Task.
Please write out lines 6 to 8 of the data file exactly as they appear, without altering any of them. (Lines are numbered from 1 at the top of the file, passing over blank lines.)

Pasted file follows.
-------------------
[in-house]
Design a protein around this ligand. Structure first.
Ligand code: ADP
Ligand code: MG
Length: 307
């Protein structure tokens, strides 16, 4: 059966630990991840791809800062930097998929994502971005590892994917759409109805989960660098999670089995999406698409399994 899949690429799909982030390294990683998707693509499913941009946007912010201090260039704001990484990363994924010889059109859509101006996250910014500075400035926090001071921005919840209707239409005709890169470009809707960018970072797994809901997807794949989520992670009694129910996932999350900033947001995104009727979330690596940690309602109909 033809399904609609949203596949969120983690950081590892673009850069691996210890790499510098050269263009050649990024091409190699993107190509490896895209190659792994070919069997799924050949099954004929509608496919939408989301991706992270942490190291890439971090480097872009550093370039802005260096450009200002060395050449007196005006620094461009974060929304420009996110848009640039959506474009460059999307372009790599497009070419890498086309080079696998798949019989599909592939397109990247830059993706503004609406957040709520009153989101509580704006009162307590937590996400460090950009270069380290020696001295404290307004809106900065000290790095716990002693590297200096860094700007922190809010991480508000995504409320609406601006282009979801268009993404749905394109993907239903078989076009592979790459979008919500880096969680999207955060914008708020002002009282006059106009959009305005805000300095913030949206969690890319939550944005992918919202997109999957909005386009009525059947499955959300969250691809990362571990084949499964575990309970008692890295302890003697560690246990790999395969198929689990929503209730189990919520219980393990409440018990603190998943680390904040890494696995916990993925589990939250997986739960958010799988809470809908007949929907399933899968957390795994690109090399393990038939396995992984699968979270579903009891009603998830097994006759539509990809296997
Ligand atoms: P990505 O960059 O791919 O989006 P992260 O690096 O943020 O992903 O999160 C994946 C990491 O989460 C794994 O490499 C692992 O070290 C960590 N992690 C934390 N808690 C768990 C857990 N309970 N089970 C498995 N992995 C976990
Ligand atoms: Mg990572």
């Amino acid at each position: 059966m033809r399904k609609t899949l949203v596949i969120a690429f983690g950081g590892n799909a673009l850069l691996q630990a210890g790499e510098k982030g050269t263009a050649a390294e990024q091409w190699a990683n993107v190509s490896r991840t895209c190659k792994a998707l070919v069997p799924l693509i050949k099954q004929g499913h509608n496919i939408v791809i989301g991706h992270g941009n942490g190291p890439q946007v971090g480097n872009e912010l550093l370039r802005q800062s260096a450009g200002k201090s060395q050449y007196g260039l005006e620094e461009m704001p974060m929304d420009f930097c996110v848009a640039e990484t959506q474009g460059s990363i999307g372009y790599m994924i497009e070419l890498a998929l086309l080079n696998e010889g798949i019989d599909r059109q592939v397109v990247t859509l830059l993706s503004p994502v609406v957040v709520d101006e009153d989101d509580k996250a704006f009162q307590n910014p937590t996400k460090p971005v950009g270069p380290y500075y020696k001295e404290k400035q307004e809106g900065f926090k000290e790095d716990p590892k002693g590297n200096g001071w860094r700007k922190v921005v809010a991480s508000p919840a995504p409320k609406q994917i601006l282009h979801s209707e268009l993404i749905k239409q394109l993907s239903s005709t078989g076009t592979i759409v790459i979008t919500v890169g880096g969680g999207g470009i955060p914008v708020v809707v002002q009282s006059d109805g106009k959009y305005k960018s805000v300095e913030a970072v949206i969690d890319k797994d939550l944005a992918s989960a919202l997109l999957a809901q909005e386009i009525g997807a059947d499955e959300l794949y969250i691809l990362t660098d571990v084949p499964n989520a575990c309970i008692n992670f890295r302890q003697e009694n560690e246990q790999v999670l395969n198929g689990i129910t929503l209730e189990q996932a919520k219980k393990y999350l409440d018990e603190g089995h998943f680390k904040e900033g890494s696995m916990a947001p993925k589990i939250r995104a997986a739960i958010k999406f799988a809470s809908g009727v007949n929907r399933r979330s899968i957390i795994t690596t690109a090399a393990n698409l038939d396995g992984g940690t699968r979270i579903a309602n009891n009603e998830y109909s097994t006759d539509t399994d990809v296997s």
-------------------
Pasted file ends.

């Protein structure tokens, strides 16, 4: 059966630990991840791809800062930097998929994502971005590892994917759409109805989960660098999670089995999406698409399994 899949690429799909982030390294990683998707693509499913941009946007912010201090260039704001990484990363994924010889059109859509101006996250910014500075400035926090001071921005919840209707239409005709890169470009809707960018970072797994809901997807794949989520992670009694129910996932999350900033947001995104009727979330690596940690309602109909 033809399904609609949203596949969120983690950081590892673009850069691996210890790499510098050269263009050649990024091409190699993107190509490896895209190659792994070919069997799924050949099954004929509608496919939408989301991706992270942490190291890439971090480097872009550093370039802005260096450009200002060395050449007196005006620094461009974060929304420009996110848009640039959506474009460059999307372009790599497009070419890498086309080079696998798949019989599909592939397109990247830059993706503004609406957040709520009153989101509580704006009162307590937590996400460090950009270069380290020696001295404290307004809106900065000290790095716990002693590297200096860094700007922190809010991480508000995504409320609406601006282009979801268009993404749905394109993907239903078989076009592979790459979008919500880096969680999207955060914008708020002002009282006059106009959009305005805000300095913030949206969690890319939550944005992918919202997109999957909005386009009525059947499955959300969250691809990362571990084949499964575990309970008692890295302890003697560690246990790999395969198929689990929503209730189990919520219980393990409440018990603190998943680390904040890494696995916990993925589990939250997986739960958010799988809470809908007949929907399933899968957390795994690109090399393990038939396995992984699968979270579903009891009603998830097994006759539509990809296997
Ligand atoms: P990505 O960059 O791919 O989006 P992260 O690096 O943020 O992903 O999160 C994946 C990491 O989460 C794994 O490499 C692992 O070290 C960590 N992690 C934390 N808690 C768990 C857990 N309970 N089970 C498995 N992995 C976990
Ligand atoms: Mg990572």